Unnao, India: One recent afternoon, dozens of young Hindu men, swords drawn and saffron scarves draped around their necks, rode motorcycles through a Muslim neighbourhood near the capital of India’s most populous state and chanted ‘Jai Shri Ram’ (hail Ram [Hindu deity]).
In the preceding weeks they and their peers had acted as informers, police officials say, helping them identify thousands of Muslim-run butchers’ shops that have since been shut and urging officers to stop Muslim youth talking to Hindu girls in the streets.
Their organisation is the Hindu Yuva Vahini (Hindu Youth Force), a private militia set up in 2002 by Yogi Adityanath, a local priest and politician, to assert the dominance of India’s main religion which he felt was being eroded by minority faiths.
Since Adityanath’s promotion last month to chief minister of Uttar Pradesh state, home to 220 million people of which a fifth are Muslims, the group has become emboldened, openly proclaiming its Hindu roots and putting pressure on police.
The appointment of the 44-year-old, known for his fiery anti-Muslim rhetoric and a campaign against the so-called “Love Jihad” — or the conversion of Hindu women to Islam — has shocked some Indians, who say it undermines the country’s secular status.
They worry that Prime Minister Narendra Modi’s “development for all” agenda will be overtaken by radical, Hindu-first policies with the potential to stoke communal tensions that have erupted sporadically through India’s 70-year history.
Adityanath declined to be interviewed for this article.
“Blood can be shed, and Muslims will feel the pain,” Pankaj Singh, a senior leader of the Hindu Youth Force, told Reuters in an interview on the sidelines of the rally in Unnao, an hour’s drive southwest of the capital Lucknow.
Such comments have sent a chill through some in the Muslim community, on the defensive in Uttar Pradesh since this year’s election in which Adityanath rallied the Hindu majority and delivered a resounding victory to the ruling Bharatiya Janata Party (BJP).
In return for his successful campaign, the party handed the priest one of India’s most powerful positions, emboldening his militia to act and speak more openly than it did under the previous administration.
Based in Uttar Pradesh and funded by members who want to win favour with local power brokers, the youth force says it is 2 million strong and growing.
In Unnao, police stood back as members blocked traffic, honked horns and shouted pro-Hindu slogans on the busy streets.
Muslims who came out to watch did so quietly from their doorways.
Modi himself is the product of the Hindu right, coming from the BJP and its powerful parent movement, Rashtriya Swayamsevak Sangh (RSS), that nurtured him early in his career.
But since sweeping to power in 2014, he has focused on economic reforms that he hopes will drag India into the modern era and create enough jobs for a swelling workforce.
Adityanath represented the BJP during the Uttar Pradesh state polls earlier this year, and helped Modi consolidate power as he bids for re-election in a national ballot in 2019.
The priest, however, has often defied BJP discipline and is not part of the RSS machine, raising fears that Modi may have unleashed radical “Hindutva”, or religious-nationalist forces that he will struggle to contain.
“The BJP has no command over this organisation. They respond to Adityanath and no one else,” said Gilles Verniers, assistant professor of political sciences at Ashoka University.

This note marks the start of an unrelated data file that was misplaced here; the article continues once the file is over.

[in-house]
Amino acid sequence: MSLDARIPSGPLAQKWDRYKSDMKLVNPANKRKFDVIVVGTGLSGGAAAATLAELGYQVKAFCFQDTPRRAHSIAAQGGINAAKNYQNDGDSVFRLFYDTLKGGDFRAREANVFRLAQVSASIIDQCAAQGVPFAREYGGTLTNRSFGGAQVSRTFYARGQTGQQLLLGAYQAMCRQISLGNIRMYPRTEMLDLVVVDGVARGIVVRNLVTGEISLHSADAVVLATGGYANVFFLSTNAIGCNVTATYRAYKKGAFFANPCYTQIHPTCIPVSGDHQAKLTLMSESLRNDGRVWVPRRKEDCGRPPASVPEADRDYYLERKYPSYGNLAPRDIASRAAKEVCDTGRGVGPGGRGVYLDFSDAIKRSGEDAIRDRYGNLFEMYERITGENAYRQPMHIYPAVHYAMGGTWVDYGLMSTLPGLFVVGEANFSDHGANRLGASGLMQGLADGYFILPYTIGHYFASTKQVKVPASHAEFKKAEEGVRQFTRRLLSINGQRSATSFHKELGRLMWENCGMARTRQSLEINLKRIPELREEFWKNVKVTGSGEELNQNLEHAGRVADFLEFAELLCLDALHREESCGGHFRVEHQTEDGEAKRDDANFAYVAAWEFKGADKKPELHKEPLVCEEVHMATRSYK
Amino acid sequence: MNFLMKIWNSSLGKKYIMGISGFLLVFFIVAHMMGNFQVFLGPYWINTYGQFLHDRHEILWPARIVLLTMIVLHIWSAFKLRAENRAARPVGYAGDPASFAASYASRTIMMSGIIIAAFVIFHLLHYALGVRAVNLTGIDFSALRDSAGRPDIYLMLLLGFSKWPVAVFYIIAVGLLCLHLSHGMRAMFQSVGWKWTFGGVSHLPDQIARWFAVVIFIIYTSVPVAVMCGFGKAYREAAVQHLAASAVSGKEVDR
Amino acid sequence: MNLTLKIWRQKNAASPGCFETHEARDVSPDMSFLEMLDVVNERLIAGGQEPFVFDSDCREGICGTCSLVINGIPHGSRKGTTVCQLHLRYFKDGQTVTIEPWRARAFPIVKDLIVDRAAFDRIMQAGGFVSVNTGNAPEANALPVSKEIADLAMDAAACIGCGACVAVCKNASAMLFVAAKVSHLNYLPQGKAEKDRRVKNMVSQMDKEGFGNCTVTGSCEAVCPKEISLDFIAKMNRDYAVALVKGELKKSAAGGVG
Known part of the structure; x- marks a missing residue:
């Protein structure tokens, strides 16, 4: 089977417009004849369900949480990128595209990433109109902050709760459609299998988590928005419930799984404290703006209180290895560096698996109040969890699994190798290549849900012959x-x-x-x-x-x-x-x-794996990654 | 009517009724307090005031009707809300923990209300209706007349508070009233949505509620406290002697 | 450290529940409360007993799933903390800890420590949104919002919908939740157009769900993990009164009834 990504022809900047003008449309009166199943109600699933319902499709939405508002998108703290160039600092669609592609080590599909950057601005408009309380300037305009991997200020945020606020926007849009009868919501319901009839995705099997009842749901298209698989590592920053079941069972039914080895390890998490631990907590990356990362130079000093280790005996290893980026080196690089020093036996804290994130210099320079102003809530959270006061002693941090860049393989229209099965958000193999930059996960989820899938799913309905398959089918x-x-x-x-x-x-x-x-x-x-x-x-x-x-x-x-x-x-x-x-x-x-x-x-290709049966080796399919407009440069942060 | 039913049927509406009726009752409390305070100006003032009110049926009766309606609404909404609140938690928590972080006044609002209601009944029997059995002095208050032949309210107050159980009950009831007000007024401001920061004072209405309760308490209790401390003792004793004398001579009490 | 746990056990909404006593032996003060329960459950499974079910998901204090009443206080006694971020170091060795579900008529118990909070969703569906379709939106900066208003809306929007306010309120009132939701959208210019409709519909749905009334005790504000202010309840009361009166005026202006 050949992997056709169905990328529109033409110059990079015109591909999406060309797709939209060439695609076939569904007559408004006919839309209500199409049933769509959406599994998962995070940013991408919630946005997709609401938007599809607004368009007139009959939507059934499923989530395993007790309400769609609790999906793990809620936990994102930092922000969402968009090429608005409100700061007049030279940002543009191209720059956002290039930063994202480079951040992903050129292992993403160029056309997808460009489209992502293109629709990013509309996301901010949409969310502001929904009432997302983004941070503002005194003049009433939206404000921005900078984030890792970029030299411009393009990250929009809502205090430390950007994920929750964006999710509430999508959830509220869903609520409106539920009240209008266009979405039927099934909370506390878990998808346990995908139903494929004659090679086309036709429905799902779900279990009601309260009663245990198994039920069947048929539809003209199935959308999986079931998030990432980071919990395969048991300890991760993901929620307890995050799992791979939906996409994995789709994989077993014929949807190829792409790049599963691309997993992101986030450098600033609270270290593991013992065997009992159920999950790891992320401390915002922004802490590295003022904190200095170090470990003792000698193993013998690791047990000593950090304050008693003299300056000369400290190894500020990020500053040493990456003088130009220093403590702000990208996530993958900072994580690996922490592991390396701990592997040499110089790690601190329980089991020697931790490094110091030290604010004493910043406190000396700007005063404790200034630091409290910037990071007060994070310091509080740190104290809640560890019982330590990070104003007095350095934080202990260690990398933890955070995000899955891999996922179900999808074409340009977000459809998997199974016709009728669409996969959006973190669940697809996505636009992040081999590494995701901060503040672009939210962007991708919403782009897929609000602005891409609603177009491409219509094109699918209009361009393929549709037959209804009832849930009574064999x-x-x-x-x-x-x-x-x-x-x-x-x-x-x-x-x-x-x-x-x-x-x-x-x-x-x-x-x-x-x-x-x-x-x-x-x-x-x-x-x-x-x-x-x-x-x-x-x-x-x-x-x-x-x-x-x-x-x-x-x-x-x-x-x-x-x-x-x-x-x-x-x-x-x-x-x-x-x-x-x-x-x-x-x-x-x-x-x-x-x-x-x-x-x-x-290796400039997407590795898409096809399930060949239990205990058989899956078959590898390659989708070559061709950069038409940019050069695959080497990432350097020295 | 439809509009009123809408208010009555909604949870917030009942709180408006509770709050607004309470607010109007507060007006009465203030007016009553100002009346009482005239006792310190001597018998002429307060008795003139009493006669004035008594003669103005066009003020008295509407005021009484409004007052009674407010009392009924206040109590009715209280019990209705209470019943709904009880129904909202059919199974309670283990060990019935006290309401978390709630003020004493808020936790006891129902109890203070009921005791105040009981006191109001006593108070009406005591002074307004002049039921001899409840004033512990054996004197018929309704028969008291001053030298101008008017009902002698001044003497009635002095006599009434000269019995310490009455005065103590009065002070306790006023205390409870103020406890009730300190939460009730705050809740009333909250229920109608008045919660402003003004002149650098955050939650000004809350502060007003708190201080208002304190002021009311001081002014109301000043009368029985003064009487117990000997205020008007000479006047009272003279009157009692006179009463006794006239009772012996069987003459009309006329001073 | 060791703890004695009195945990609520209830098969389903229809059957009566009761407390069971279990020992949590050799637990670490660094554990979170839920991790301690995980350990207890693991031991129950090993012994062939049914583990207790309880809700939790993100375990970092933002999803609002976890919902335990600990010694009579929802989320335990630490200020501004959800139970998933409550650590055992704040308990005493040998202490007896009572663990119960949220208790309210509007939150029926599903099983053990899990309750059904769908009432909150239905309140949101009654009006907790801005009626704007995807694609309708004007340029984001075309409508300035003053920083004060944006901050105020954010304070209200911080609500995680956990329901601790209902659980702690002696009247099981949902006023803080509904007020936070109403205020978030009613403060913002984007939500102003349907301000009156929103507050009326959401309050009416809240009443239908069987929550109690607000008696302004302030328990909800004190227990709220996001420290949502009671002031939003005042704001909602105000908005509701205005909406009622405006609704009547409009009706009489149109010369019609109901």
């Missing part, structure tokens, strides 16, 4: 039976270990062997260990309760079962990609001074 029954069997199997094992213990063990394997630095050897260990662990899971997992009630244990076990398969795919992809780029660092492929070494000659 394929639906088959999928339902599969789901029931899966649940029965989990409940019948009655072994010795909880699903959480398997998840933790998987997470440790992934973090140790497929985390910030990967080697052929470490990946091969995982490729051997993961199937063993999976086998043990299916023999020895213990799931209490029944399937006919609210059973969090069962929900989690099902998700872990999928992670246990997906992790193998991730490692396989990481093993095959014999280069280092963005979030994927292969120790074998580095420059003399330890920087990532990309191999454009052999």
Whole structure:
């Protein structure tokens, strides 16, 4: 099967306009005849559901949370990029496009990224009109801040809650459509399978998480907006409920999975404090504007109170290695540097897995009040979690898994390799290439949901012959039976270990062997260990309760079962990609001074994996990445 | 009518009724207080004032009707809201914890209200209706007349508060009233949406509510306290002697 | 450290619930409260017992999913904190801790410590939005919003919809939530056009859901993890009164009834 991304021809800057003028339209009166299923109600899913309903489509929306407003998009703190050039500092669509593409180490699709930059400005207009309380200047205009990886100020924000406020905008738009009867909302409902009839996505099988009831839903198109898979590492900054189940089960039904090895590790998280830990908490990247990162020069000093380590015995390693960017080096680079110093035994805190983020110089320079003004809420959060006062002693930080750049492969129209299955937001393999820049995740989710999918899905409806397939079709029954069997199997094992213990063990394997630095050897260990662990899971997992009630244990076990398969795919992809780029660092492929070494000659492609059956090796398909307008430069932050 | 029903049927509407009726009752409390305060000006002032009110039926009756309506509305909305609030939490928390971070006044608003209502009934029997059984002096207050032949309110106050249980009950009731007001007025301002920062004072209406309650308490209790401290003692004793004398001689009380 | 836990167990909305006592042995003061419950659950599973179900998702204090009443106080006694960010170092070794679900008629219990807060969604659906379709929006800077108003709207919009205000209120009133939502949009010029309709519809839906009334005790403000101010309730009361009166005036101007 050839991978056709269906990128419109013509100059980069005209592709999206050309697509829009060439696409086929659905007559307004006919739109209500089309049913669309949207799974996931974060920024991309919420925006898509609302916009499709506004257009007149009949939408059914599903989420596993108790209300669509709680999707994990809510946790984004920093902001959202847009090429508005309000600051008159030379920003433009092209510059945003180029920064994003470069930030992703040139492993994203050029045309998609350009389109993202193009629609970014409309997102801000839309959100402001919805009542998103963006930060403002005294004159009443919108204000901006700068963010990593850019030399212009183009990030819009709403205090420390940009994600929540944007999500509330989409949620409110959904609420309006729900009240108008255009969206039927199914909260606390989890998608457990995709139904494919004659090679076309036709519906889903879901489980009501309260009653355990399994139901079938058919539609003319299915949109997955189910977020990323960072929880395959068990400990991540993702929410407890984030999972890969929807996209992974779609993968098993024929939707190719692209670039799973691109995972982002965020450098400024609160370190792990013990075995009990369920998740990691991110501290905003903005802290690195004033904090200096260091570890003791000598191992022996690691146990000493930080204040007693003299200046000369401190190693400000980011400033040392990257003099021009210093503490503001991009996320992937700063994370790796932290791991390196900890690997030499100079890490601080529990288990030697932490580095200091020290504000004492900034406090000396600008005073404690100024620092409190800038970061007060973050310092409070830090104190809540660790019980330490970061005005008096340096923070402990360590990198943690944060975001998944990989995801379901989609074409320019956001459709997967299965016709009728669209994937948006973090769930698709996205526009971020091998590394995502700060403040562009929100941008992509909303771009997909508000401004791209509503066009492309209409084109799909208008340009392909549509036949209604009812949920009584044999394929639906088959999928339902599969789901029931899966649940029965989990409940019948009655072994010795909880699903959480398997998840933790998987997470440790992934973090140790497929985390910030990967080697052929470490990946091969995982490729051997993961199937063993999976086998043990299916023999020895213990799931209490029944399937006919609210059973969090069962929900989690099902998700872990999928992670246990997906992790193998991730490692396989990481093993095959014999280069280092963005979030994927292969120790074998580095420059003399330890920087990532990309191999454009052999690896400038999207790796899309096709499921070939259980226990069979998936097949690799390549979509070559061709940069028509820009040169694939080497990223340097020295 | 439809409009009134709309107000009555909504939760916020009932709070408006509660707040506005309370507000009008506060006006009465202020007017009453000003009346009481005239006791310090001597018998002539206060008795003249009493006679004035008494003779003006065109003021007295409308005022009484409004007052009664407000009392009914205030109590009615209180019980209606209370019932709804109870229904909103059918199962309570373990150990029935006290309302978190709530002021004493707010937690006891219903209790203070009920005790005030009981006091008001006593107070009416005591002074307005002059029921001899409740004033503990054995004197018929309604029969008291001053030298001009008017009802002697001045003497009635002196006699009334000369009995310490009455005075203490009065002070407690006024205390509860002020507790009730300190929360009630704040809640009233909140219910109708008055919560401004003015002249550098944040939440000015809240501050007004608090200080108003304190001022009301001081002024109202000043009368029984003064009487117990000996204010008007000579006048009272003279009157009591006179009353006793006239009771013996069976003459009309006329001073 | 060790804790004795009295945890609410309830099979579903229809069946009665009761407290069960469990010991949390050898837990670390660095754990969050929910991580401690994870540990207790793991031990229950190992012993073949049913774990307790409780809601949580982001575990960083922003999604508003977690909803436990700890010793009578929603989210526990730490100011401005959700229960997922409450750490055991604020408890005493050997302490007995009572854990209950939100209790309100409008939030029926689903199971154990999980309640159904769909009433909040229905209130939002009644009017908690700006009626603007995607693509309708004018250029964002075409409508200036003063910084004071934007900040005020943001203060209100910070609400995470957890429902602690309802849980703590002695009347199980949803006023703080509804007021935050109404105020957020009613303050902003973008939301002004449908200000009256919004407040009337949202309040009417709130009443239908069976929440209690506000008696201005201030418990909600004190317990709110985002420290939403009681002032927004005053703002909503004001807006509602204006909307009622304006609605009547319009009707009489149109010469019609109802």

Daljit Singh Chawdhary, additional director general of police for Uttar Pradesh, dismissed the threat of the youth force acting outside the law.
“We are not tolerating any vigilante group taking the law into their (own) hands, while at the same time anyone is free to provide us with tip-offs,” he said.
“We have had no recent complaints against the Hindu Yuva Vahini, so there is no reason for us to take action against them.”
The youth force has evolved into a powerful group that dispenses justice and has proved itself a formidable vote-getter.
The BJP’s national spokesman, Nalin Kohli, said the party’s victory in Uttar Pradesh was not only thanks to Adityanath and his private militia. But Singh expressed little doubt about the group’s importance in securing the result.
“Modi won Uttar Pradesh because of Adityanath’s ground force,” Singh said.
One of Adityanath’s first directives after becoming chief minister was to impose a ban on Uttar Pradesh slaughterhouses that operated without licences. Most Indian states have laws that ban the slaughter of cows, considered sacred by Hindus, while buffalo slaughter requires permission from state governments.
Butchers in Uttar Pradesh have long complained that authorities failed to issue new licences, although the outgoing government allowed them to continue operating anyway, ensuring employment and food for the Muslims who dominate the industry.
Adityanath’s militia has been pushing police to enforce rules calling for a complete ban on illegal slaughterhouses and the sale of meat from unlicensed shops.
“We got the police to shut down 45,000 small meat shops in less than 24 hours ... they would have failed without our informers,” said Singh, who added that he reported daily to Adityanath.
As well as helping to close down butchers, the militia has been tipping off “Anti-Romeo Squads”, groups of police who intervene to prevent young men and women meeting publicly.
A police official who oversees 64 such squads said the units were formed to tackle sexual harassment of women, but admitted that there had been cases where militia members pressured policemen to target Muslim men seen in the company of Hindu women.
Muslims say they are being singled out.